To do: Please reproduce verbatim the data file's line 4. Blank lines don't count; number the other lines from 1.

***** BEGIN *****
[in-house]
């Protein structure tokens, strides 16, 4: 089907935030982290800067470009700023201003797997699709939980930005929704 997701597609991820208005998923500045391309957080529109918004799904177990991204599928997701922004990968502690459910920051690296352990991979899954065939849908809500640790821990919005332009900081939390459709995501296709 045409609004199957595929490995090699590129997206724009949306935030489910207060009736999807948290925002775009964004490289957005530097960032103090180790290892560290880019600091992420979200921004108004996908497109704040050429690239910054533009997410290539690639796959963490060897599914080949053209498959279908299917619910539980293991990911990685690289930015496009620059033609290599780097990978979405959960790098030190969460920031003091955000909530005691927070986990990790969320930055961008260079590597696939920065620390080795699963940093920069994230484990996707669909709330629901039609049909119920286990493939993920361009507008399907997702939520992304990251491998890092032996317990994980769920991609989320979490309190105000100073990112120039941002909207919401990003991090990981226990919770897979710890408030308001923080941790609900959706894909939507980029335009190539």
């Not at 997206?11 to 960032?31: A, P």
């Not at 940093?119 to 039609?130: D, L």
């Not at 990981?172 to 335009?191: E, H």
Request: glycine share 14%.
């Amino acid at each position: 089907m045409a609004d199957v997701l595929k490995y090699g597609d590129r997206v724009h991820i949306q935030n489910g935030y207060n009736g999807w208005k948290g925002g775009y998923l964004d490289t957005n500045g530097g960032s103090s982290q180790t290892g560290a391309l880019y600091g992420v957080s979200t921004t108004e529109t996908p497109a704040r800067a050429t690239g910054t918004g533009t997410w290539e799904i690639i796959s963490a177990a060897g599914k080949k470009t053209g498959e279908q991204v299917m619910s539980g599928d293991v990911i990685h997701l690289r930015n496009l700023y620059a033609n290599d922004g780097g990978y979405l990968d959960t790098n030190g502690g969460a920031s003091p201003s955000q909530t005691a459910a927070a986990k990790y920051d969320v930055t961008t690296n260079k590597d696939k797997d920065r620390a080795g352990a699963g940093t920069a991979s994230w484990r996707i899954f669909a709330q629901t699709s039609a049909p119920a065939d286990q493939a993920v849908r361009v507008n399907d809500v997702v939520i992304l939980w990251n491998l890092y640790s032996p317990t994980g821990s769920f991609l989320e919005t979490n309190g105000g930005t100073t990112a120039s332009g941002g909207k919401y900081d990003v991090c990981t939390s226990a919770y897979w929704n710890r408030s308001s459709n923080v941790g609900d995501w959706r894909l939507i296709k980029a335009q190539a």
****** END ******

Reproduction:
């Not at 940093?119 to 039609?130: D, L």